Julie Morris and Michelle Last: Should fertility support be a statutory right?

The number of people undergoing fertility treatment in the UK increases steadily each year. In 2019, more than 53,000 patients underwent around 69,000 fertility treatments. While we await the latest data, this upward trend means it is increasingly likely that employers will be faced with requests for work absences from employees seeking to undergo this treatment.

At present, there is no legal right for employees to take time off work for in vitro fertilisation (IVF) treatment or related sickness. Fertility appointments should be treated as medical ones and any sickness absence should be treated as any other sick leave.

However, many people choose not to tell their employer that they are undertaking fertility treatment and take the time off as holiday or as unpaid leave. Prolonged, unexplained requests for time off, whether sickness or otherwise, may trigger disciplinary procedures. There are also no specific protections under the Equalities Act at the early stage of fertility treatment, maternity protection only kicking in once the eggs are harvested and fertilised.

A statutory right to time off work for this treatment, which is available for all employees, would bring huge benefits. It is a logical extension to the current right to time off work for antenatal appointments, which gives women the right to paid time off work for pregnancy-related medical appointments once they are pregnant. Those struggling to conceive should similarly be permitted to have paid time off in order to become pregnant and it would help to alleviate the pressures faced by men and women undergoing fertility treatment.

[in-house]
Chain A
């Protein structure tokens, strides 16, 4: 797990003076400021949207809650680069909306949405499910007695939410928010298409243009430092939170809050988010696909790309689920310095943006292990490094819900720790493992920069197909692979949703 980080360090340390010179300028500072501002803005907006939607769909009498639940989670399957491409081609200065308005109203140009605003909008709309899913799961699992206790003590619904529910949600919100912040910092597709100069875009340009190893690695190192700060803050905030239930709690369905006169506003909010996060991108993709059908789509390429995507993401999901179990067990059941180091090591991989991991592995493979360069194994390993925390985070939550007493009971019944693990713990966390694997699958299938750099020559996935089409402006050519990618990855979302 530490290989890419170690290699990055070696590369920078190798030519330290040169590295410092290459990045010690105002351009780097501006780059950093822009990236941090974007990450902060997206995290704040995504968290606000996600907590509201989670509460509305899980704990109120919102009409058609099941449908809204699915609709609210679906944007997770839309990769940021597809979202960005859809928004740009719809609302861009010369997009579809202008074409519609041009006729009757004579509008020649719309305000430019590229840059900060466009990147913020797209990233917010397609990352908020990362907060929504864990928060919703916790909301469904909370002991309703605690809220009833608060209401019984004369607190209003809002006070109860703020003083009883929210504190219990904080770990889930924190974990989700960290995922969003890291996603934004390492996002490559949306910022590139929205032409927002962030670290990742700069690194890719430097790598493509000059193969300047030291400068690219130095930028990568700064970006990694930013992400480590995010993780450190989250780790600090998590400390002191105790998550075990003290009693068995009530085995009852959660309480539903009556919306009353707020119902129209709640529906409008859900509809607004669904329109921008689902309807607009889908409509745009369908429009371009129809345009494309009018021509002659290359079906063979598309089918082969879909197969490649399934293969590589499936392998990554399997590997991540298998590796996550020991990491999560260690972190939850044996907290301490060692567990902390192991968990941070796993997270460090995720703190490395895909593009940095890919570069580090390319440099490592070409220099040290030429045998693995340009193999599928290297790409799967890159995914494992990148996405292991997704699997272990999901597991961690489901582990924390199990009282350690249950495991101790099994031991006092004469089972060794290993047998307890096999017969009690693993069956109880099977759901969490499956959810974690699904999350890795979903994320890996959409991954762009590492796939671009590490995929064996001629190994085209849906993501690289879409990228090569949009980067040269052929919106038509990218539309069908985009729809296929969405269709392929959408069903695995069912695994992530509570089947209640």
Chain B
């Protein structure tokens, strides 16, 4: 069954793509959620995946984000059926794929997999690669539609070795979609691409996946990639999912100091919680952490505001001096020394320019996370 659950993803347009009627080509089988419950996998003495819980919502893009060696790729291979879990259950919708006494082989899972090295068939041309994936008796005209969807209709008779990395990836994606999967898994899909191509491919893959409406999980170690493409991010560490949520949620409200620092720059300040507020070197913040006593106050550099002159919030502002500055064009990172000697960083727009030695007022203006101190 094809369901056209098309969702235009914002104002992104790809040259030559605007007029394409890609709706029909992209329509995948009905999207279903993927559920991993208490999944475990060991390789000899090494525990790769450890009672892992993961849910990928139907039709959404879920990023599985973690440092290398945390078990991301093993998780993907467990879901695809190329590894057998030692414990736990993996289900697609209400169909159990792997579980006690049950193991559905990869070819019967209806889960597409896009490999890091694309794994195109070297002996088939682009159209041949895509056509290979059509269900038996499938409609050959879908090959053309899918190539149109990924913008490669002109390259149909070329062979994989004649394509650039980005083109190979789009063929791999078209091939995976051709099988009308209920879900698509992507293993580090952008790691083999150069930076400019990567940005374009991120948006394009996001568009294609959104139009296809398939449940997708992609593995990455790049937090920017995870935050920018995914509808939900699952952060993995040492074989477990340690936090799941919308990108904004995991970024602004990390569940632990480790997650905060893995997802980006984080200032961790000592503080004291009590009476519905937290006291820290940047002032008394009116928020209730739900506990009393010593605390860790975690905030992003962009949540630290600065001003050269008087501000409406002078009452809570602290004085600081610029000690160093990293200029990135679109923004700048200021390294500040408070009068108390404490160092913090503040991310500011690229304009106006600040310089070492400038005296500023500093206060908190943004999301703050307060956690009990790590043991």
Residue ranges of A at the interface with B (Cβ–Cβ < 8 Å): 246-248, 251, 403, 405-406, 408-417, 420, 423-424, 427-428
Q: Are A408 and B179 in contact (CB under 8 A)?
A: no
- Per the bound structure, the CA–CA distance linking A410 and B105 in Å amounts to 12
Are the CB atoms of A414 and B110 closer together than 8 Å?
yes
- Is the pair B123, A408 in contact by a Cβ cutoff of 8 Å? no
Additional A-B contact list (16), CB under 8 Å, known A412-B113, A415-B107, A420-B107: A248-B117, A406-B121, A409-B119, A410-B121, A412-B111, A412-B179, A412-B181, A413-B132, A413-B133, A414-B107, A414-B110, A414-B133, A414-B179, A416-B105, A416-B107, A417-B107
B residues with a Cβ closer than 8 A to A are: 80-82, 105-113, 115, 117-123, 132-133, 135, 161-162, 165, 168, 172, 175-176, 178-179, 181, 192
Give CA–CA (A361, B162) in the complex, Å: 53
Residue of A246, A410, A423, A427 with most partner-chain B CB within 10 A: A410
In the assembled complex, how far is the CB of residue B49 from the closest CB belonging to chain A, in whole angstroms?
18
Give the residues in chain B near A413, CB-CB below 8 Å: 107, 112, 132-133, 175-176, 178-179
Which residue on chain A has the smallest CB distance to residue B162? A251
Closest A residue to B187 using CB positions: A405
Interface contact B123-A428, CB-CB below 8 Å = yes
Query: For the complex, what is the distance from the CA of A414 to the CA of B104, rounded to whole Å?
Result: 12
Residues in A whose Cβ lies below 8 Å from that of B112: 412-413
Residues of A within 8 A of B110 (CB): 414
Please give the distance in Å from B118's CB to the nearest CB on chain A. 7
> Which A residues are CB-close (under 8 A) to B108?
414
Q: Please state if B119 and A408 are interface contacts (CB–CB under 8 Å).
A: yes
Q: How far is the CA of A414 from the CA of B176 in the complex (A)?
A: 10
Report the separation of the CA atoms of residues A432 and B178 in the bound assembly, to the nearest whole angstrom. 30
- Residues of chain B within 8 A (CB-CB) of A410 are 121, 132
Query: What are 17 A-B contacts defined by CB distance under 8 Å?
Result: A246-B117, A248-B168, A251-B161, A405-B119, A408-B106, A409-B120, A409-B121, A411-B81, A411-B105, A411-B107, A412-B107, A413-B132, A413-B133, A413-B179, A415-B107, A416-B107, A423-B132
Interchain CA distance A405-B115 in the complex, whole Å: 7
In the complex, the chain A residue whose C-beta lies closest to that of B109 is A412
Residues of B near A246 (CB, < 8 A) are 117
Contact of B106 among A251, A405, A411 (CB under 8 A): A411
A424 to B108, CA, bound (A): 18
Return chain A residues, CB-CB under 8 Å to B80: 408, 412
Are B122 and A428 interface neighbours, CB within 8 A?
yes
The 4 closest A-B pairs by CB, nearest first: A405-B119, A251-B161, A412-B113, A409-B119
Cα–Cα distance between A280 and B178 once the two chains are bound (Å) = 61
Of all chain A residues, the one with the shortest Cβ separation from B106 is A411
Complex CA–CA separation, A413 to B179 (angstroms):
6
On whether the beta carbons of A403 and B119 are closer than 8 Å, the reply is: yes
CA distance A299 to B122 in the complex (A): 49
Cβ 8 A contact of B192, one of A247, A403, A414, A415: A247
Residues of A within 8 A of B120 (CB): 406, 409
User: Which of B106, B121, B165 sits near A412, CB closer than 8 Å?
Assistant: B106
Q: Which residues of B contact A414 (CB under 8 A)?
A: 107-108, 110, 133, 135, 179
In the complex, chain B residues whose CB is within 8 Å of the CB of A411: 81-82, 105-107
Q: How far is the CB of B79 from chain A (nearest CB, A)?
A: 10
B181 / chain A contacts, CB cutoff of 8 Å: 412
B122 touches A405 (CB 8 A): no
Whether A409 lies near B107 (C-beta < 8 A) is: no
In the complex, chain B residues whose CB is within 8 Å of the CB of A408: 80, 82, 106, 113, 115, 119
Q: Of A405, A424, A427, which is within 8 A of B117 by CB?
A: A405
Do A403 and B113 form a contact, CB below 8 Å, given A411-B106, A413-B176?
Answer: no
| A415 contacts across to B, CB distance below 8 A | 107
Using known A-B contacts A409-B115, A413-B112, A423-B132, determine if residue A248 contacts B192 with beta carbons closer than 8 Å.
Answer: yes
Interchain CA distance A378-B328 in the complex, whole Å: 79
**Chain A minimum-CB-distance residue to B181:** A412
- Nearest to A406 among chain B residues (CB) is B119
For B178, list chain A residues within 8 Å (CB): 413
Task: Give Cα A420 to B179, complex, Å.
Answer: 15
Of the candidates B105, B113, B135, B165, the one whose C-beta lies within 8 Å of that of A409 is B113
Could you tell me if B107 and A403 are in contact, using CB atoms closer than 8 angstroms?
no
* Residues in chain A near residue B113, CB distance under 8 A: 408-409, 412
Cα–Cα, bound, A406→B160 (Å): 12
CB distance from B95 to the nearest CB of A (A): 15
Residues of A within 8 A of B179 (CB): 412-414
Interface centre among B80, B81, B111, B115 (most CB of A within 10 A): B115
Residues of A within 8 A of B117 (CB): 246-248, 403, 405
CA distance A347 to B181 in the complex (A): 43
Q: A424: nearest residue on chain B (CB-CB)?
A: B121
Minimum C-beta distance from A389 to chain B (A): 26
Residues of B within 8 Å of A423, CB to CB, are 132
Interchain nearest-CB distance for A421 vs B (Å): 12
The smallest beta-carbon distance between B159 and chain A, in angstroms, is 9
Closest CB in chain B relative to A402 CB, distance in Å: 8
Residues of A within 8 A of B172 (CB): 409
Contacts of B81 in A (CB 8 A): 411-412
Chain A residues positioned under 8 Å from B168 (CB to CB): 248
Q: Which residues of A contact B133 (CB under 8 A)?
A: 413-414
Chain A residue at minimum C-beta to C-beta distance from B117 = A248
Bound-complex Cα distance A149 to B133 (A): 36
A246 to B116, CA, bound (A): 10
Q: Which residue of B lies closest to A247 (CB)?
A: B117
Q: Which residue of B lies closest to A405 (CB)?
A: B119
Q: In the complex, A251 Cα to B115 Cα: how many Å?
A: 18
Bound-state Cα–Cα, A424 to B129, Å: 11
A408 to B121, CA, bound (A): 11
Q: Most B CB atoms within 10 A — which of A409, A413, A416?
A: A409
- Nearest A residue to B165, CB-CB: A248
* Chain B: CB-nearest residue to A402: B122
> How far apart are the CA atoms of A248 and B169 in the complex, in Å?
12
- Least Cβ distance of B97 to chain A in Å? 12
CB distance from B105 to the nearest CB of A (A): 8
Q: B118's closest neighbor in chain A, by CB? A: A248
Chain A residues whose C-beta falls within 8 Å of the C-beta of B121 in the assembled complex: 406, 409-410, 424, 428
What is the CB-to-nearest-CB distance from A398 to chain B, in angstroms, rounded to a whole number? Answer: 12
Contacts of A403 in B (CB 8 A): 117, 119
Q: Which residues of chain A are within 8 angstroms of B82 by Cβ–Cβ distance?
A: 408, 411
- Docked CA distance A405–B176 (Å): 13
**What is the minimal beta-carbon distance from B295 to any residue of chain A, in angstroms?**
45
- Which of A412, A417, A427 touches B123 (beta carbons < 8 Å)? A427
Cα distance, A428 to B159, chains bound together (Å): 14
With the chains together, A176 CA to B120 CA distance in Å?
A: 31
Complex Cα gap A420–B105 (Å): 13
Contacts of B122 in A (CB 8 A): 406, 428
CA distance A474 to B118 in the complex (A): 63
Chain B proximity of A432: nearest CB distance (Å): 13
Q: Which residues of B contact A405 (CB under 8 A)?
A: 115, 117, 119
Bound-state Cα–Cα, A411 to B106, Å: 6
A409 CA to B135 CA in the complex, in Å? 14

This would also encourage a more open dialogue about fertility treatment in the workplace and erode any remaining taboo about discussing the mental and physical impact this can have on individuals.

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As mental health and wellbeing move up the corporate agenda, a small but growing number of businesses are offering fertility policies, which includes a package of support to employees. However, this is far from the norm. A supportive employer, in combination with wider statutory rights, can make all the difference to a couple’s journey to pregnancy and beyond.

Michelle Last and Julie Morris are employment law partners at Keystone Law